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Pursey v. Berryhill

United States District Court, W.D. New York

November 2, 2017

PAMELA D. PURSEY Plaintiff,
v.
NANCY A. BERRYHILL, [1] Commissioner of Social Security, Defendant.

          LAW OFFICES OF KENNETH HILLER Attorneys for Plaintiff TIMOTHY HILLER, of Counsel

          JAMES P. KENNEDY ACTING UNITED STATES ATTORNEY Attorney for Defendant DAVID L. BROWN Assistant United States Attorney, of Counsel Federal Centre STEPHEN P. CONTE Regional Chief Counsel United States Social Security Administration Office of the General Counsel, of Counsel.

          DECISION AND ORDER

          LESLIE G. FOSCHIO UNITED STATES MAGISTRATE JUDGE.

         JURISDICTION

         On May 17, 2016, the parties consented, pursuant to 28 U.S.C. § 636(c), to proceed before the undersigned. (Dkt. No. 19). The court has jurisdiction over this matter pursuant to 42 U.S.C. § 405(g). The matter is presently before the court on the parties' cross-motions for judgment on the pleadings pursuant to Rule 12(c) of the Federal Rules of Civil Procedure, filed by Plaintiff on November 6, 2015 (Dkt. 13), and by Defendant on March 7, 2016 (Dkt 17). For the reasons discussed below, Plaintiff's motion is denied and the Commissioner's motion is granted.

         BACKGROUND and FACTS

         Plaintiff Pamela Pursey (“Plaintiff “) brings this action pursuant to the Social Security Act (“the Act”), seeking review of the Acting Commissioner of Social Security (“the Commissioner” or “defendant”) decision denying her application for disability benefits for Supplemental Security Income (“SSI”) benefits under Title II of the Act. Plaintiff, worked most recently as a dietary aide in an assisted living home (R. 54), until Plaintiff quit work after being hospitalized for an emotional breakdown on August 10, 2012. (R. 57).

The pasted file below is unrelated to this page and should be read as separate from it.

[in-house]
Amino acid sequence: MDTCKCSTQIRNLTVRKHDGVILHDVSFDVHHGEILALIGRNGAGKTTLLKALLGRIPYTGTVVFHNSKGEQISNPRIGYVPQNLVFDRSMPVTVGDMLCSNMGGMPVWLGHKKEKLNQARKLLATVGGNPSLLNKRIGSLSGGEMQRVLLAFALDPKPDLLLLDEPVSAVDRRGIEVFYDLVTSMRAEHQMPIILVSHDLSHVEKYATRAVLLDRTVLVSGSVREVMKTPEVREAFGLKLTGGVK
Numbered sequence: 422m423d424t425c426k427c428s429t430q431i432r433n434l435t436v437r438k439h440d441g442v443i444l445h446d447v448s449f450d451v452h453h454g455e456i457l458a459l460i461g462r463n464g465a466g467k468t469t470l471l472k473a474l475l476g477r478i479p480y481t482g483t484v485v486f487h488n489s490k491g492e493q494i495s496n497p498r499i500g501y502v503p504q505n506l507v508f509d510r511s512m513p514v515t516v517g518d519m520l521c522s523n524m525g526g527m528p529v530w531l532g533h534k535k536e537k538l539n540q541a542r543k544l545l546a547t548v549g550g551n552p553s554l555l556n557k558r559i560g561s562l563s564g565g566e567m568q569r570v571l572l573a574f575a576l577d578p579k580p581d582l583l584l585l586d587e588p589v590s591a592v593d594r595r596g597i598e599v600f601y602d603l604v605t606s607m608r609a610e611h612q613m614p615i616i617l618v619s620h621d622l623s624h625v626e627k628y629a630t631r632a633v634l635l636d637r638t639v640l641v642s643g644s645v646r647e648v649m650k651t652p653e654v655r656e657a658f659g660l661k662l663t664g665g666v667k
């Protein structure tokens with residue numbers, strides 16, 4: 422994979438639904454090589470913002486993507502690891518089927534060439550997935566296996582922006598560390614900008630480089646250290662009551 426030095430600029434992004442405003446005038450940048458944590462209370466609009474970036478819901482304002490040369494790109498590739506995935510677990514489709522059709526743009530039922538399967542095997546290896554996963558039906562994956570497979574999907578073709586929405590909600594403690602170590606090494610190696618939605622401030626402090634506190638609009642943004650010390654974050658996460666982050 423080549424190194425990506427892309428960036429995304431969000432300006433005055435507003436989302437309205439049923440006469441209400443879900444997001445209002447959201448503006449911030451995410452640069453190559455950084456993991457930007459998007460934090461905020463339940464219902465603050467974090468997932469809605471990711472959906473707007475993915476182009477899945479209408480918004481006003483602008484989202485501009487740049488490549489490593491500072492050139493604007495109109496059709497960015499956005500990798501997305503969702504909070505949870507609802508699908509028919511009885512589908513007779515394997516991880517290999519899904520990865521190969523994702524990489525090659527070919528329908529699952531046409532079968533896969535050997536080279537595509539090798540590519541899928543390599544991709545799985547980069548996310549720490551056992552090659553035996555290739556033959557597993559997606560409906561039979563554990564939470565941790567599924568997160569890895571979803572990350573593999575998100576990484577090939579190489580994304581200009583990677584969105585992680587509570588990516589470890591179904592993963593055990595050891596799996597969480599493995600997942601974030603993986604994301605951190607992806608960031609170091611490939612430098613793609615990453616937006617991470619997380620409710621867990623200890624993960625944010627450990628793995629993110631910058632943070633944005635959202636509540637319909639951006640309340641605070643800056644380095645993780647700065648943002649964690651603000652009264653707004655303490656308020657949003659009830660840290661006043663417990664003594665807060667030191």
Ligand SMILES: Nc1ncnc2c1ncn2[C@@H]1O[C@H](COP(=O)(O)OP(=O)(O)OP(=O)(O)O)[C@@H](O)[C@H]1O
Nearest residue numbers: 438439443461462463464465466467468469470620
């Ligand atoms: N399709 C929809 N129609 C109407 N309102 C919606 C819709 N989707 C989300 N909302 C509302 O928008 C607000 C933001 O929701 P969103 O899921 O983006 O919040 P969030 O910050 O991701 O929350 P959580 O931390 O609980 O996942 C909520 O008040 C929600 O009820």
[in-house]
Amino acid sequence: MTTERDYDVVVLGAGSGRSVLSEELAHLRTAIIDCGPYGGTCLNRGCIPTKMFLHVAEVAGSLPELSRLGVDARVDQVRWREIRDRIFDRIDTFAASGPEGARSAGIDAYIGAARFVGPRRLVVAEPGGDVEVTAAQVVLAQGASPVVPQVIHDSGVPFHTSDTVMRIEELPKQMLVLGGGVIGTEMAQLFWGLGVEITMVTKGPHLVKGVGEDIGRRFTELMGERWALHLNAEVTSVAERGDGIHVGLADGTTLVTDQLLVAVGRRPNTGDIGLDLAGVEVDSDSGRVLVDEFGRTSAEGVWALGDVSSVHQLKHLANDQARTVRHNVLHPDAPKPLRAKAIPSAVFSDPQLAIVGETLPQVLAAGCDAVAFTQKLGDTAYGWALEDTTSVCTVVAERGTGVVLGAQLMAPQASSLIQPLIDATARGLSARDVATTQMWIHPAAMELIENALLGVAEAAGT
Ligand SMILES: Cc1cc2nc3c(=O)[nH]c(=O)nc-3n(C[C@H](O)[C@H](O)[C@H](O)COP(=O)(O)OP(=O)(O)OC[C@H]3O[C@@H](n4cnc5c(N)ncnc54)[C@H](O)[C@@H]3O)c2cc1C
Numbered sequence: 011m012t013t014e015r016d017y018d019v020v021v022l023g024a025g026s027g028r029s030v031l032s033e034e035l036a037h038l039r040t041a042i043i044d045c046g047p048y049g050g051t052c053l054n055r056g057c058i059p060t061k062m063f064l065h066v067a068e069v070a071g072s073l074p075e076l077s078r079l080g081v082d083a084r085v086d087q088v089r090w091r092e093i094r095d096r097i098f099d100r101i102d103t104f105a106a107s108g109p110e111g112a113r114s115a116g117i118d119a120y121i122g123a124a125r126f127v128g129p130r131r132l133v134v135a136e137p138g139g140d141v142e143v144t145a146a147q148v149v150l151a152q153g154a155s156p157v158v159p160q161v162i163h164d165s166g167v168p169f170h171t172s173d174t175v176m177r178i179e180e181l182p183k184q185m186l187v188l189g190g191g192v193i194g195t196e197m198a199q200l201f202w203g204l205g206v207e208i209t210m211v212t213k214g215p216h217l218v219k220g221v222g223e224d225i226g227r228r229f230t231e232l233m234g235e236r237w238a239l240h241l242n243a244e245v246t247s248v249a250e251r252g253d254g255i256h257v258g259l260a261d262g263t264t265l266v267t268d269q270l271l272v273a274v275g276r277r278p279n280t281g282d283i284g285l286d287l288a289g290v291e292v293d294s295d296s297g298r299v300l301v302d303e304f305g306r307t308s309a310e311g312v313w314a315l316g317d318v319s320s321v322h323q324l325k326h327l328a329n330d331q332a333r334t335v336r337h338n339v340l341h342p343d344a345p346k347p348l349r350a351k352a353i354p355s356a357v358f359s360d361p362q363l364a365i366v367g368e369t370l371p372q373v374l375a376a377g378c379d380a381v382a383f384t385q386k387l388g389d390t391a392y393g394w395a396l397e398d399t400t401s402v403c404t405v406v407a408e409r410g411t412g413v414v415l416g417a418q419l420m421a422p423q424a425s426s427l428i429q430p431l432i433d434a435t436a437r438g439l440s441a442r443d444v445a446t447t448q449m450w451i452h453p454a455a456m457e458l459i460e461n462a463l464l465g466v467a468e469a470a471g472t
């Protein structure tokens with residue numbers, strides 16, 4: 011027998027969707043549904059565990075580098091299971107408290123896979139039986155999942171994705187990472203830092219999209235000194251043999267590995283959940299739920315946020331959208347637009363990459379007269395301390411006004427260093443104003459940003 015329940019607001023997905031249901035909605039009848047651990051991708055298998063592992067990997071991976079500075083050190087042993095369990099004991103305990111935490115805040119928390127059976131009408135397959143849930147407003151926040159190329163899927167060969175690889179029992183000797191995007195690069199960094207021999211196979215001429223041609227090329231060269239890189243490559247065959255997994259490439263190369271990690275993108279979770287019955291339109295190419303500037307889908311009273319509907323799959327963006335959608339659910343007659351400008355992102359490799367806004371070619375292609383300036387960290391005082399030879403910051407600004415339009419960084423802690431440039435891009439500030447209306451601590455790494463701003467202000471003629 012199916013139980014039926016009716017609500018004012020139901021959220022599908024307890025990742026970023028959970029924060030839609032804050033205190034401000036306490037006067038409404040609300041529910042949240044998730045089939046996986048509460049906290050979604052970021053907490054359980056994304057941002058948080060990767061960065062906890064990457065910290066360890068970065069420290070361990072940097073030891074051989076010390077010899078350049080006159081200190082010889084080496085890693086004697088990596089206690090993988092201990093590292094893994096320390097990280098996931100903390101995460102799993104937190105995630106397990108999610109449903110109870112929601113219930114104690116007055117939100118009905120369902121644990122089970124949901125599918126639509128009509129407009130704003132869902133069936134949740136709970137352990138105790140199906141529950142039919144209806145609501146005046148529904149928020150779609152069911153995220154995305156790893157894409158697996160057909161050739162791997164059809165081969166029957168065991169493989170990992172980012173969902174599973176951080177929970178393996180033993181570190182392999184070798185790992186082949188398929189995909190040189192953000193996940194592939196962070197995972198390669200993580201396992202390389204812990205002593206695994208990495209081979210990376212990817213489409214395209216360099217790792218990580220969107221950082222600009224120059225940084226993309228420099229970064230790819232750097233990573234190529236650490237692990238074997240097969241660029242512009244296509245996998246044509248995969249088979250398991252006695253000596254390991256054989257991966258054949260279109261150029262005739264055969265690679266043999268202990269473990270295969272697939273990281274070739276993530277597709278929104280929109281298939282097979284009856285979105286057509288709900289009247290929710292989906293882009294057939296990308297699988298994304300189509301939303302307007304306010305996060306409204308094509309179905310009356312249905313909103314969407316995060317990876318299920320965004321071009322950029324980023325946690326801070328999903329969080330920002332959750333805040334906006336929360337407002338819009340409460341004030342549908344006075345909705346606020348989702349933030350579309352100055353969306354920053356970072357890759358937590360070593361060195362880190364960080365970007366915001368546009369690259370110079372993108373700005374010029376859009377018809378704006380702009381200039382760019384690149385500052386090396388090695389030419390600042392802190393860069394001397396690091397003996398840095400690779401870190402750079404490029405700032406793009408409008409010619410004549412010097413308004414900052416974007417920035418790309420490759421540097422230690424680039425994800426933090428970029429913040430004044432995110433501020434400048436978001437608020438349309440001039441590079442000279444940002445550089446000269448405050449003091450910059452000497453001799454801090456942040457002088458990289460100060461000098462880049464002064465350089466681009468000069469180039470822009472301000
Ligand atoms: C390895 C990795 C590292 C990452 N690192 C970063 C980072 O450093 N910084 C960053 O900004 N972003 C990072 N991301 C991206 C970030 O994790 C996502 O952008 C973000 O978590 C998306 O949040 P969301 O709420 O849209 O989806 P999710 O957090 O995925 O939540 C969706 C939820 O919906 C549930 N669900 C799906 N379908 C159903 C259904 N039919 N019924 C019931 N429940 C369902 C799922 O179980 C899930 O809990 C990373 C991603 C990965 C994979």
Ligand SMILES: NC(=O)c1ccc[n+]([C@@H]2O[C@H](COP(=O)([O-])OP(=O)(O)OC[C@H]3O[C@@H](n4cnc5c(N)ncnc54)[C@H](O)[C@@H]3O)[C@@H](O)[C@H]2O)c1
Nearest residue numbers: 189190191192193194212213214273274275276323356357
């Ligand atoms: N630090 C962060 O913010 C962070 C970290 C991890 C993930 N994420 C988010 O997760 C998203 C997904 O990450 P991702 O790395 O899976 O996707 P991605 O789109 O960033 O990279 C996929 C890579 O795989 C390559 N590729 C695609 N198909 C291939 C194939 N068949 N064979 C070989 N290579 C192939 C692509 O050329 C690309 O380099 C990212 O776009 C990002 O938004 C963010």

Plaintiff filed an application for SSI benefits on April 24, 2012 (R. 202), that was initially denied by Defendant on September 12, 2012, and, pursuant to Plaintiff's request filed on November 26, 2012 (R. 141), a hearing was held before Administrative Law Judge Bruce R. Mazzarella (“Mazzarella” or “the ALJ”), on April 23, 2013, in Buffalo, New York. (R. 47-103). Vocational expert Jay Steinbrenner (“Steinbrenner” or “the VE”), also appeared and testified at the hearing. Plaintiff, represented by Stephen Brooks, Esq. (“Brooks”), appeared and testified at the hearing. The ALJ's decision denying Plaintiff's claim was rendered on September 19, 2014. (R. 21-35). Plaintiff requested review by the Appeals Council, and the ALJ's decision became Defendant's final decision when the Appeals Council denied Plaintiff's request for review on February 18, 2015. (R. 1-7). This action followed on April 20, 2015, with Plaintiff alleging that the ALJ erred by failing to find her disabled. (Doc. No. 1).